- The Washington Times - Tuesday, January 4, 2005

This spring-like weather in January could ruin the natural beauty of flowers and cherry blossoms that decorate the D.C. area when spring officially arrives.

Weather forecasters and naturalists agreed yesterday that the wet, warm weather is causing trees to bud and flowers to sprout. And forecasts for the next week are for more of the same.

But winter will surely come.

“Remember a couple years ago when the cherry blossoms were out at the University of Maryland and there was that big snow?” said National Weather Service meteorologist Brian Guyer, recalling that the blossoms virtually disappeared that year.

Freezes that destroy blossoms also make the leaves on trees very weak, but likely will not kill the trees, he said.

In agreement is Carol Snyder, owner-operator for 30 years of Country Nursery at Burtonsville. The temperatures must fall and stay well below 32 degrees, she said.

“It has to be very warm and then turn very cold,” Mrs. Snyder said. “Most plants have the ability to close up and return.”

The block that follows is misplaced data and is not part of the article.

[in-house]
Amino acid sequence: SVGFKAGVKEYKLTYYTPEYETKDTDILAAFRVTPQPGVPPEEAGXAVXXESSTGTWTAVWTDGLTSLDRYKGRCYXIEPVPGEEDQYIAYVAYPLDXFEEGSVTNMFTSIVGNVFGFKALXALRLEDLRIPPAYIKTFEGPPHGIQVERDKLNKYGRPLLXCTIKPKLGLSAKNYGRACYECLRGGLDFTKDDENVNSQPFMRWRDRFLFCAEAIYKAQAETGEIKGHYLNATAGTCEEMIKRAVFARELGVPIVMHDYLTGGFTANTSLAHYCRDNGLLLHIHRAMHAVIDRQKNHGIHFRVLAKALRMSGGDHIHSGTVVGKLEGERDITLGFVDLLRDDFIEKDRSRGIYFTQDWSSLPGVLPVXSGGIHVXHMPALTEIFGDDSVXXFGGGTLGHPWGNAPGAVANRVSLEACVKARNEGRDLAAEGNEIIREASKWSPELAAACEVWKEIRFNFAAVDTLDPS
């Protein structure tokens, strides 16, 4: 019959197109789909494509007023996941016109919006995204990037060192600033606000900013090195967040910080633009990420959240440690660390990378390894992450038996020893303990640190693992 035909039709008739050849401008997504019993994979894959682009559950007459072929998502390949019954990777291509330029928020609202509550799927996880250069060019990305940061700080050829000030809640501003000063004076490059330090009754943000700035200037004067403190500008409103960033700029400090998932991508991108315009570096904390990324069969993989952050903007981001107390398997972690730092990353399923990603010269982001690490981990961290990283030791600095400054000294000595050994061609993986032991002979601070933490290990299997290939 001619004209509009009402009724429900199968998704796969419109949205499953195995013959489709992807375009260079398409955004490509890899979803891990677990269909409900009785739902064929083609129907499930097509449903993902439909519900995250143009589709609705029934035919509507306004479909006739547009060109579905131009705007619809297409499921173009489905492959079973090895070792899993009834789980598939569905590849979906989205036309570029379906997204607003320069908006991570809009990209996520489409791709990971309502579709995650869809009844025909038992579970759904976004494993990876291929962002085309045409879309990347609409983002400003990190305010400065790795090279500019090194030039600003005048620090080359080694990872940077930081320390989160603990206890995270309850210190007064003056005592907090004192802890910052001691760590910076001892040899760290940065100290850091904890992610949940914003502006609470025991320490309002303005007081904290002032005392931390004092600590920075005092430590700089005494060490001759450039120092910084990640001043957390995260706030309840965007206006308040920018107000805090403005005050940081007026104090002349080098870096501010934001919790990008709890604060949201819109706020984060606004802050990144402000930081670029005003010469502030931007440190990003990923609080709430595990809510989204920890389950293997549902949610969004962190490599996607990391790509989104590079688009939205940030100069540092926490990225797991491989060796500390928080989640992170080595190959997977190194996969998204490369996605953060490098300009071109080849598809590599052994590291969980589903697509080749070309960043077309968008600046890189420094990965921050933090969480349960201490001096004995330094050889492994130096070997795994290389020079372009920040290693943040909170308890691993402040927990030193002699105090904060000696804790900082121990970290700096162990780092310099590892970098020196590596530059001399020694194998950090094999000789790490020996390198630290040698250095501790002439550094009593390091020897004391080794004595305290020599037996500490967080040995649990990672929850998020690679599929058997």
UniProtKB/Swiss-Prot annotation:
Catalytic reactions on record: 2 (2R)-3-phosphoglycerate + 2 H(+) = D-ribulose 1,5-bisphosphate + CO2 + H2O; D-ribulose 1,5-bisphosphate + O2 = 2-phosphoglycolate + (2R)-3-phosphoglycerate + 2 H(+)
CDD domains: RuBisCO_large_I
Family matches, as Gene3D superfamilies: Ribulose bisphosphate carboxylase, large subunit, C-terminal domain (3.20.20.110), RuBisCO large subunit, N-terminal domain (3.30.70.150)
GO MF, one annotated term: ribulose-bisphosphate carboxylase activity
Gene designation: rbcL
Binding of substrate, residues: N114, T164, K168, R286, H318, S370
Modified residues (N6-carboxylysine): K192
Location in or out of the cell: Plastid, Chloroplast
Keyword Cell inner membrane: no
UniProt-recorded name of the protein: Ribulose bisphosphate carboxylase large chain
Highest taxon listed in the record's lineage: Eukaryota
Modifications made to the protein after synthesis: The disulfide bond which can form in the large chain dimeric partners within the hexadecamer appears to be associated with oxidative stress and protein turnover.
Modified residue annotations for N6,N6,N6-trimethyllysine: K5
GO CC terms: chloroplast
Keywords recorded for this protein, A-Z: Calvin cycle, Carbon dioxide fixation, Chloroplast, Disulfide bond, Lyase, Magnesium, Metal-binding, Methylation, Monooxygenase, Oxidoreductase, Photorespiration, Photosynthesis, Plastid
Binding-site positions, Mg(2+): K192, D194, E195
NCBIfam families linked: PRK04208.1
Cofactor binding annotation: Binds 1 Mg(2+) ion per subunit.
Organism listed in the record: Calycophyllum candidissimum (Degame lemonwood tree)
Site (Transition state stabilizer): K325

Budding plants can survive barely freezing temperatures, and “snow can be protective, like a blanket covering the plants,” she said.

“We are into a warm siege,” Mrs. Snyder said. “We have some of it every year, but we don’t usually have it this early.”

The weeklong forecast is for highs in the 50s, with chances of rain today, tomorrow and Sunday.

It’s like a spring forecast.

“Even the little red dots are showing on the Japanese red maples,” Mrs. Snyder said.

Flowers may be killed by winter freezes if they are in full blossom. Gardeners may want to put more mulch on their bulbs now to protect them, she said.

“If cherry-tree blossoms have not fully opened when they are frozen, they may come back in full beauty with normal weather in the spring,” Mrs. Snyder said.

“But, if they are in full bloom now, they will not come back in the spring,” she said.

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